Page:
William De Witt Hyde (1858–1917) was president of Bowdoin College and also the chair of mental and moral philosophy there. His first of several books was Practical Ethics (1892). It is remarkable, among other things, for the methodical way in which he attempts to categorize the virtues:
|Object||Duty||Virtue||Reward||Temptation||Vice of Defect||Vice of Excess||Penalty|
|food & drink||vigor||temperance||health||appetite||asceticism||intemperance||disease|
In his scheme, objects are the countless things which are external to us but that are the materials we use to build our lives: “materials to work with, stuff to build character out of, resistance to overcome, objects to confront.” Toward each object we have a single, particular “relation… which at the same time best promotes the development of ourselves and best preserves the object’s proper use and worth.” It is our duty to maintain that relation, and his book is designed to assist in the art of discerning that duty.
“If we do our duty repeatedly and perseveringly in any direction, we form the habit of doing it, learn to enjoy it, and acquire a preference for it. This habitual preference for a duty is the virtue corresponding to it.” This is in his words, but the idea is right out of Aristotle.
Virtues are not, in this scheme, their own reward, but they each have a particular reward, which correspond to the object on which they are practiced.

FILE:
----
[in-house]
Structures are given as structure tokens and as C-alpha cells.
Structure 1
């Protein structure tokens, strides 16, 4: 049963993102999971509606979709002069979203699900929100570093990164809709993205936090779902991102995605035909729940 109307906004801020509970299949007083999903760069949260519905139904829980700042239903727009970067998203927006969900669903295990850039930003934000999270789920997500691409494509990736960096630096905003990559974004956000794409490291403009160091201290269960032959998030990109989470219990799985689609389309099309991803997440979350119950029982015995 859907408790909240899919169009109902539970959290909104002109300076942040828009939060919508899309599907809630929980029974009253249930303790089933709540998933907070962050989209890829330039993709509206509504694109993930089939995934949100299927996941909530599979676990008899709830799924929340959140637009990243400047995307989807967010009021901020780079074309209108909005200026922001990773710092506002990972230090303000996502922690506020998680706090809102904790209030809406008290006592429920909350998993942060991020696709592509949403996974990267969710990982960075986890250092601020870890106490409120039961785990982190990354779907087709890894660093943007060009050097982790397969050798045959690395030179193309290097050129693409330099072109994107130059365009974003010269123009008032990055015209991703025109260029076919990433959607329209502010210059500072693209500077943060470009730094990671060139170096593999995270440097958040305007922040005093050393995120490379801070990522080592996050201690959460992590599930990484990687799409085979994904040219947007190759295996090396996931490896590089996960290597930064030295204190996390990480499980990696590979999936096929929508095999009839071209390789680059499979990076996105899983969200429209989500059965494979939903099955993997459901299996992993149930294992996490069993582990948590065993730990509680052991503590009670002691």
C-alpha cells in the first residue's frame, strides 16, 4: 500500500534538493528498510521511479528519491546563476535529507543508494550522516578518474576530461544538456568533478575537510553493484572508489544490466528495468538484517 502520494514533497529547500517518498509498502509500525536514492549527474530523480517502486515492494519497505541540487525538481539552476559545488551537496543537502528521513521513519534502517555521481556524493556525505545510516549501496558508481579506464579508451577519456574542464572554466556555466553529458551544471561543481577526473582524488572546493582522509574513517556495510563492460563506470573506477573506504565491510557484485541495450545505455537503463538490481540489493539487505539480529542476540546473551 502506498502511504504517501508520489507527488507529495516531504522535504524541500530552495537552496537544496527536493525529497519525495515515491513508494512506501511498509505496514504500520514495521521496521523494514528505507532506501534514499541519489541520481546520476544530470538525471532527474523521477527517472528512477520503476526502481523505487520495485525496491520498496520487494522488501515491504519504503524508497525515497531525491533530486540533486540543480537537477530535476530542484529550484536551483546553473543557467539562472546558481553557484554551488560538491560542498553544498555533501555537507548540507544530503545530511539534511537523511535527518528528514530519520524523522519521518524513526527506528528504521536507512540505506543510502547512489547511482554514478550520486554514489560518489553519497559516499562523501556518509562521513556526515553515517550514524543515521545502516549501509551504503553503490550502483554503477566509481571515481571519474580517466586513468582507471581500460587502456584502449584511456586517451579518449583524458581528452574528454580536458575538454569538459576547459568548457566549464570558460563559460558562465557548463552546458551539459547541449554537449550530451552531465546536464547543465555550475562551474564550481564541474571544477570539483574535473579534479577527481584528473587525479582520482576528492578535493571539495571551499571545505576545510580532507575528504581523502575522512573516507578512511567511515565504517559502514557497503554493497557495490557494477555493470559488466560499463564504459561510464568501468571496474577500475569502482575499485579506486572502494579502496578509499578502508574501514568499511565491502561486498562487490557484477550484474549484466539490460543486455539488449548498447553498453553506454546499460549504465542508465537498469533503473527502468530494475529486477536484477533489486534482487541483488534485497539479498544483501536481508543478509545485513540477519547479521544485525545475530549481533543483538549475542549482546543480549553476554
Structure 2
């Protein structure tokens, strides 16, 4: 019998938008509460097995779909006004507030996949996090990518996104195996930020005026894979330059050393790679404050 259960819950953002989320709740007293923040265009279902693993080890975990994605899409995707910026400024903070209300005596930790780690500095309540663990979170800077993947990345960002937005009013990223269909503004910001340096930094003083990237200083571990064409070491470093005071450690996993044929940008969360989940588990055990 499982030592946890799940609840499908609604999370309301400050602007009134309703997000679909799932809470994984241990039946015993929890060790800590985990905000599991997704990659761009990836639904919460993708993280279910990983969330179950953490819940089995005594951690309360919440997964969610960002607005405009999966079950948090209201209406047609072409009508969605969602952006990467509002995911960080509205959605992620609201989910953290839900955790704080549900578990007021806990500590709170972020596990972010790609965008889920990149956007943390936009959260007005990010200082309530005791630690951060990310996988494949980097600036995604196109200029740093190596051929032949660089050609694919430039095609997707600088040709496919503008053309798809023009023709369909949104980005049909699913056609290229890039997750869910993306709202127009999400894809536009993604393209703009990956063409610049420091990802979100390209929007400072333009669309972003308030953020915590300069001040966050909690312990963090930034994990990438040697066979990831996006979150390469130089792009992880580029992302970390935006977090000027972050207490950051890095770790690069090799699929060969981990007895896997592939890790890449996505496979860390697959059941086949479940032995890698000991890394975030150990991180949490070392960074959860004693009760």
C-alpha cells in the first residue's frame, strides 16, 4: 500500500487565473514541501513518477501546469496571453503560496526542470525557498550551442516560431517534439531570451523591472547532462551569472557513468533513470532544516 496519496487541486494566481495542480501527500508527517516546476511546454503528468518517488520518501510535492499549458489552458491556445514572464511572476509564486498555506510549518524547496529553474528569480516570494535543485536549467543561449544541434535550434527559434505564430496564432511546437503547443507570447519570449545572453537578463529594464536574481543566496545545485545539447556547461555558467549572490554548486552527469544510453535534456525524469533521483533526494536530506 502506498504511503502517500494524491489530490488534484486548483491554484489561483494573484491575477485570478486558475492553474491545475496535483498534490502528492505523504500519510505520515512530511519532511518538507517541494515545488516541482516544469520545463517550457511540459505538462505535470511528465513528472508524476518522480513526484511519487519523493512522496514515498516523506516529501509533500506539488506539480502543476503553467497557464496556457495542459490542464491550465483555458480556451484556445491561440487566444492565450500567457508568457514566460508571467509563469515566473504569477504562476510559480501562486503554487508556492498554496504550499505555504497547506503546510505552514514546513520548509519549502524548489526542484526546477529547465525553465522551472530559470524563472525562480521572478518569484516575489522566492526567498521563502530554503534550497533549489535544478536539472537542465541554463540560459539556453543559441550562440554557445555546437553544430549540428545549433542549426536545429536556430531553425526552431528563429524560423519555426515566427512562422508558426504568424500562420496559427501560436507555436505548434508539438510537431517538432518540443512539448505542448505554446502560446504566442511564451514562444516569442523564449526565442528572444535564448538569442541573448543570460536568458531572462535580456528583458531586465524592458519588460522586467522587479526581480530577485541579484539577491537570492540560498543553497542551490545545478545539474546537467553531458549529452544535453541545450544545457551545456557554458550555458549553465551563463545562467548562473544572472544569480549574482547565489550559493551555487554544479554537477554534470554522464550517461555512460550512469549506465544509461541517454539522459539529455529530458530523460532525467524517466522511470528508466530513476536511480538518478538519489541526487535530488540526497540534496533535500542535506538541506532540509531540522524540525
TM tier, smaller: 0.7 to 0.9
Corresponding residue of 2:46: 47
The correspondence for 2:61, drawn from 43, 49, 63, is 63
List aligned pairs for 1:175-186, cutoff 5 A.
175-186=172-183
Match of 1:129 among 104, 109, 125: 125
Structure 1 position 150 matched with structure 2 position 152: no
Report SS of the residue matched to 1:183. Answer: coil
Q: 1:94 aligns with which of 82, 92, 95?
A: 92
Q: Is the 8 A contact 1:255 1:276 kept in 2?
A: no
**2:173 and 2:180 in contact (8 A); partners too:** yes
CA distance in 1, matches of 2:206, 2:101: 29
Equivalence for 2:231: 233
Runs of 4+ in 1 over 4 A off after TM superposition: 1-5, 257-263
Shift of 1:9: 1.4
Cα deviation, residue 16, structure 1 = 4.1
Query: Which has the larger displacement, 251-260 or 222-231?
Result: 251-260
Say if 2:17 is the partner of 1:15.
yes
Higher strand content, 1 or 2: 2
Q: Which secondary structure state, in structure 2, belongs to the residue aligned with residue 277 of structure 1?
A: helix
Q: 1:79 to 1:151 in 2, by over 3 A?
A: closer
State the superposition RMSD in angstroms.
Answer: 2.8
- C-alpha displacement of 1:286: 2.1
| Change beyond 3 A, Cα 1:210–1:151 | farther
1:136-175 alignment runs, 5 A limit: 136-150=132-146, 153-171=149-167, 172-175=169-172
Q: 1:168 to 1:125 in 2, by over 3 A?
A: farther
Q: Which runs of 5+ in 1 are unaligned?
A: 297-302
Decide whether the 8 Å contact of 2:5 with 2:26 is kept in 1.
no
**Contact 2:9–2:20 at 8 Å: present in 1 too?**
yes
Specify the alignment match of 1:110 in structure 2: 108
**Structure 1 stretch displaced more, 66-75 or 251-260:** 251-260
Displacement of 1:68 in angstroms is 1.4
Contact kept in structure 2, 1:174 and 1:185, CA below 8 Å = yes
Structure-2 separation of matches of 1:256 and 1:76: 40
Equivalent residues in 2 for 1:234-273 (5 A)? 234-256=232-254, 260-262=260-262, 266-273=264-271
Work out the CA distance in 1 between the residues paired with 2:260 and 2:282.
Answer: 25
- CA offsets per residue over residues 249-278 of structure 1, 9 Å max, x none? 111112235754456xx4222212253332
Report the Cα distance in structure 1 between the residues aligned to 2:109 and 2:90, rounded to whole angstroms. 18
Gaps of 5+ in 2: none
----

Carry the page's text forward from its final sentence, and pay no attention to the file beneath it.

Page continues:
As was mentioned, between us and the various objects we encounter is one single correct relation; any other relation we might fall into instead is a temptation. The habitual yielding to temptation is vice. One might err on the side of neglect for the object, in which case this is a vice of defect, or one might err on the side of giving the object a disproportionate place in our life, in which case this is a vice of excess (this too, comes from Aristotle’s “golden mean” theory). Just as virtues have their rewards, each vice has its associated penalty by which it interferes with “that realization of ourselves through the object, or in the higher relations, that realization of the object through us, on which the harmony and completeness of our life depends.”